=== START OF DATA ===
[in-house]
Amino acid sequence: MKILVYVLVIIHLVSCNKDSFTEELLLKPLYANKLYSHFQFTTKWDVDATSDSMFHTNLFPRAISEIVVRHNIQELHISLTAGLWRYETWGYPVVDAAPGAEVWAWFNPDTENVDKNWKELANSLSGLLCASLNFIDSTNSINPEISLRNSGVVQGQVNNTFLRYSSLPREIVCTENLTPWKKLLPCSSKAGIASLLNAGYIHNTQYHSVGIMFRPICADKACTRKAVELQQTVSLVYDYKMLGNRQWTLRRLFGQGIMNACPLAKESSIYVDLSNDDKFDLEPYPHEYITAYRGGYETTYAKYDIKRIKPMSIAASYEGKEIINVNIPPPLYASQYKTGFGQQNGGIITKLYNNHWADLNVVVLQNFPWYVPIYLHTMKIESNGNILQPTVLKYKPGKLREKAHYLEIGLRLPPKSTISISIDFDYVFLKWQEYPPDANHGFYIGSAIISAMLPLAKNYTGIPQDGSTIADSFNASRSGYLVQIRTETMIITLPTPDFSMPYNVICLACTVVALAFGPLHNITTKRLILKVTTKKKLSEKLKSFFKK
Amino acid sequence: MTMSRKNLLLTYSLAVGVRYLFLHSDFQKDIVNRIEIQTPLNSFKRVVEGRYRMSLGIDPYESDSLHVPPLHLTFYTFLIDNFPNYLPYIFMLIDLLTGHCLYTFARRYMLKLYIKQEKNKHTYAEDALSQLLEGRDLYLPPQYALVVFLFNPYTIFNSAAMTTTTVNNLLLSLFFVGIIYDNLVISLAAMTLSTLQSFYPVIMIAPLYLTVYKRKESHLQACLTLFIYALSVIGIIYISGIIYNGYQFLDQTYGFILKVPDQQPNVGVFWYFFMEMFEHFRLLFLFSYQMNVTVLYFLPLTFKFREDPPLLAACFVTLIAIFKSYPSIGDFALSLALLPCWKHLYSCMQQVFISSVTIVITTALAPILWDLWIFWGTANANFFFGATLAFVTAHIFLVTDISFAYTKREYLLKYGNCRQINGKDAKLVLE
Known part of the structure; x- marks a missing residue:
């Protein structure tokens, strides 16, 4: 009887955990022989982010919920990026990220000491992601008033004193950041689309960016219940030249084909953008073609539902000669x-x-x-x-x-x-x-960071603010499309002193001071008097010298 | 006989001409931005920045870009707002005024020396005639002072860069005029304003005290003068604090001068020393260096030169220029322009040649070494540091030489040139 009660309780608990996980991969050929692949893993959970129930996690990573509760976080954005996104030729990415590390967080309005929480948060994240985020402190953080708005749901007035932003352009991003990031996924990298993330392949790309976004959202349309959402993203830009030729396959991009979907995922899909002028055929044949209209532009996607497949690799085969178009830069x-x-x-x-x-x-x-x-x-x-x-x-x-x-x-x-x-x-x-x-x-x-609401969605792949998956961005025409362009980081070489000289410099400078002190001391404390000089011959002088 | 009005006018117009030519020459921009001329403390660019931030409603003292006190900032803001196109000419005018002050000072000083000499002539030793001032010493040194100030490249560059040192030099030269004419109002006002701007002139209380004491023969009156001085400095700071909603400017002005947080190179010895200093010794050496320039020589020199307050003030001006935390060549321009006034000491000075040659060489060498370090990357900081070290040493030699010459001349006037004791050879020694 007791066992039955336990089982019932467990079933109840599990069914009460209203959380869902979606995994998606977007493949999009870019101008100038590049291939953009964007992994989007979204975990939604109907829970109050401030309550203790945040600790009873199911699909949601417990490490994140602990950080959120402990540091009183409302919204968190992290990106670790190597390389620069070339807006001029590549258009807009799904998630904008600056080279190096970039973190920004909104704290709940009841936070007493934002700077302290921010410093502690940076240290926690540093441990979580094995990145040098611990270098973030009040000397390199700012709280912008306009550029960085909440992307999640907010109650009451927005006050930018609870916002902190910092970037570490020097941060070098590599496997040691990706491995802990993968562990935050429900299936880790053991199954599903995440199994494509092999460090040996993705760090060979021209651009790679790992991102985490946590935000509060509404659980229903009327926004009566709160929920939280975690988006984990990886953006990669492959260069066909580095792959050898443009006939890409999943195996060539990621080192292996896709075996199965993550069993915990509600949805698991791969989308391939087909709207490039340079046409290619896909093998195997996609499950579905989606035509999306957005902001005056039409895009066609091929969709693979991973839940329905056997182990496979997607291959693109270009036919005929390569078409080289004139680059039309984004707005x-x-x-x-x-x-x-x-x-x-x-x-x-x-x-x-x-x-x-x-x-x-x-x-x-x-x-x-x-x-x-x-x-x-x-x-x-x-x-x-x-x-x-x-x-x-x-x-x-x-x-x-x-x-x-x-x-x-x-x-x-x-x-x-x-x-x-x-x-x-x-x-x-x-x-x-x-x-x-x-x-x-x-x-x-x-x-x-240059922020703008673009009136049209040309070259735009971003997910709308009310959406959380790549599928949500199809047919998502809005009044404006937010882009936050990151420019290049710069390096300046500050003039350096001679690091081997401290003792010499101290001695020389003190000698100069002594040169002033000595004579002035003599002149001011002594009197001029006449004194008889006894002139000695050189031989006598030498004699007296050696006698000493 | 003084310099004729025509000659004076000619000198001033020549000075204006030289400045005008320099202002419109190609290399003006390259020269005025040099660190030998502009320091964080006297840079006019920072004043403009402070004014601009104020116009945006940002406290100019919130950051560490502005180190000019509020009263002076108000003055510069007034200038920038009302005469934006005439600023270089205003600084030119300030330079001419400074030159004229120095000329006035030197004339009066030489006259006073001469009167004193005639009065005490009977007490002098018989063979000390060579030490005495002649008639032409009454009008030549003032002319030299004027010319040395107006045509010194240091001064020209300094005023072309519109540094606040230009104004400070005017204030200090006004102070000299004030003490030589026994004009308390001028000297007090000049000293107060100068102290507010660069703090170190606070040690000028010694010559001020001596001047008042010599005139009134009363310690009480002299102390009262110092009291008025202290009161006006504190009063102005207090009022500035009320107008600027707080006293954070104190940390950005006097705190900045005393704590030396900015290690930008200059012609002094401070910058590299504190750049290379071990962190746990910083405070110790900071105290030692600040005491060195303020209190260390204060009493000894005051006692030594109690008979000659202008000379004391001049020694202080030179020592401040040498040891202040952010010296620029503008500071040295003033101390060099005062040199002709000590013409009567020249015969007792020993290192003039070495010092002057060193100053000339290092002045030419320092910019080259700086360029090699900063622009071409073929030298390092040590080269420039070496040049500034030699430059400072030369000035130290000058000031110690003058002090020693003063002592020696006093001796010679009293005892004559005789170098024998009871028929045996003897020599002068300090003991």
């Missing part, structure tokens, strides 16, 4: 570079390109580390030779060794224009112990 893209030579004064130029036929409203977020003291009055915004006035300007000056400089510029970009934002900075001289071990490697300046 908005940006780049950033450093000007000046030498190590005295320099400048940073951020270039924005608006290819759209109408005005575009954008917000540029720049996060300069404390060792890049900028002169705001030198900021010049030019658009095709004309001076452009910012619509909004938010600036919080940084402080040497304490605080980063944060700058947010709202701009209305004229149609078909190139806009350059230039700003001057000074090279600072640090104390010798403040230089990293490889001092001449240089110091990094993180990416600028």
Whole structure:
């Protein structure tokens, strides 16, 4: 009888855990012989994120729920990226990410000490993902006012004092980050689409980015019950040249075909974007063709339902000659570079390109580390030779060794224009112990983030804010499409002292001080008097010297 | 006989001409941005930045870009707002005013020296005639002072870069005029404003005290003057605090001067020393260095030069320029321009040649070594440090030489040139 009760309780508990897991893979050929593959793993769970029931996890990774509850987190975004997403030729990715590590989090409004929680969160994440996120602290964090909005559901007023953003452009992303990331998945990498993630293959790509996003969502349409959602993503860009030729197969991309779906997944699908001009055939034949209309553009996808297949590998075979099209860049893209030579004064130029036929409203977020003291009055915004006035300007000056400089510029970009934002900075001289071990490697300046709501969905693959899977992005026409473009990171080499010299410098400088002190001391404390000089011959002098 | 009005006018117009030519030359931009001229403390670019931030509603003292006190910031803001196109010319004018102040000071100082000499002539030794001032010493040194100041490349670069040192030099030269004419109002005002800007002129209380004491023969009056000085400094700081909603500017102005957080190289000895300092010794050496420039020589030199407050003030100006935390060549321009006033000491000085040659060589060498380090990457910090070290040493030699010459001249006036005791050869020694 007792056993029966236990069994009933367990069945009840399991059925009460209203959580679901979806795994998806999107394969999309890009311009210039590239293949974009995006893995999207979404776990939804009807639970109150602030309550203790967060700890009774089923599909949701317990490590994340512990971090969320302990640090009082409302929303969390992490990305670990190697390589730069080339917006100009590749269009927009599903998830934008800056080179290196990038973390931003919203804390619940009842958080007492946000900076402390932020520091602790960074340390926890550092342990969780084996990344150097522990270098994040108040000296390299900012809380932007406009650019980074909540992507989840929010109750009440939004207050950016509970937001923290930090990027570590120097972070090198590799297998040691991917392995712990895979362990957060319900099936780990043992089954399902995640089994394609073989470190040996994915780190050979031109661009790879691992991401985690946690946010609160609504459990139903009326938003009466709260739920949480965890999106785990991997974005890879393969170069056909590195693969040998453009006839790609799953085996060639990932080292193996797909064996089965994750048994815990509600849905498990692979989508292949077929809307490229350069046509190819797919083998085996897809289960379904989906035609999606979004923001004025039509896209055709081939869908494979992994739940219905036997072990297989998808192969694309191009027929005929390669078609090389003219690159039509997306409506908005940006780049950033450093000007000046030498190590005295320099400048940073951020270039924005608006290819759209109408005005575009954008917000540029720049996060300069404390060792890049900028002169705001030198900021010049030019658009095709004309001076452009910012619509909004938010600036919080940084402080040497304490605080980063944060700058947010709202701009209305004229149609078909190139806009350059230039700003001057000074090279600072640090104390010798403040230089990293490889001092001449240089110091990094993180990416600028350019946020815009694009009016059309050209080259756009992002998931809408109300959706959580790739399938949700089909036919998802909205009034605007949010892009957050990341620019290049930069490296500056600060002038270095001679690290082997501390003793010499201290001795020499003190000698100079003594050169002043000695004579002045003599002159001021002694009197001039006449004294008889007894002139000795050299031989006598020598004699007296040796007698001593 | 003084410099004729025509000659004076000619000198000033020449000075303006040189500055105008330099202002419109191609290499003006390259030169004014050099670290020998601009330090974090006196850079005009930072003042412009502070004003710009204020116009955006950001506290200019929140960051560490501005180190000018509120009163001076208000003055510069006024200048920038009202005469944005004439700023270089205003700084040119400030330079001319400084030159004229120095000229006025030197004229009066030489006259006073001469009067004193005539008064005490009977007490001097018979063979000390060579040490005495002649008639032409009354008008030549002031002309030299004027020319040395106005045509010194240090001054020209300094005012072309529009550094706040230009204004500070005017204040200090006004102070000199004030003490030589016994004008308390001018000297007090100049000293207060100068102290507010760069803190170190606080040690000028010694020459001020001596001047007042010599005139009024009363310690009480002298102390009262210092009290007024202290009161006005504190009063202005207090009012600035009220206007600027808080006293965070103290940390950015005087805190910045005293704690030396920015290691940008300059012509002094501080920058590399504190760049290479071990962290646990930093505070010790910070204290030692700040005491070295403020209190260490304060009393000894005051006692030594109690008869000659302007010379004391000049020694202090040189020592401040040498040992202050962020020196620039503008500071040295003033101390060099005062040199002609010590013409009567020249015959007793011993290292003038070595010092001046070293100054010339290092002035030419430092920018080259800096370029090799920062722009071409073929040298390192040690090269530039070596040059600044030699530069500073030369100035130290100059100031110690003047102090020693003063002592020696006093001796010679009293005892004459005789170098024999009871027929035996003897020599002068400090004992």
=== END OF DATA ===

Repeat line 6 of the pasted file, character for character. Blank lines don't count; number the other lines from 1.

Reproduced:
């Missing part, structure tokens, strides 16, 4: 570079390109580390030779060794224009112990 893209030579004064130029036929409203977020003291009055915004006035300007000056400089510029970009934002900075001289071990490697300046 908005940006780049950033450093000007000046030498190590005295320099400048940073951020270039924005608006290819759209109408005005575009954008917000540029720049996060300069404390060792890049900028002169705001030198900021010049030019658009095709004309001076452009910012619509909004938010600036919080940084402080040497304490605080980063944060700058947010709202701009209305004229149609078909190139806009350059230039700003001057000074090279600072640090104390010798403040230089990293490889001092001449240089110091990094993180990416600028």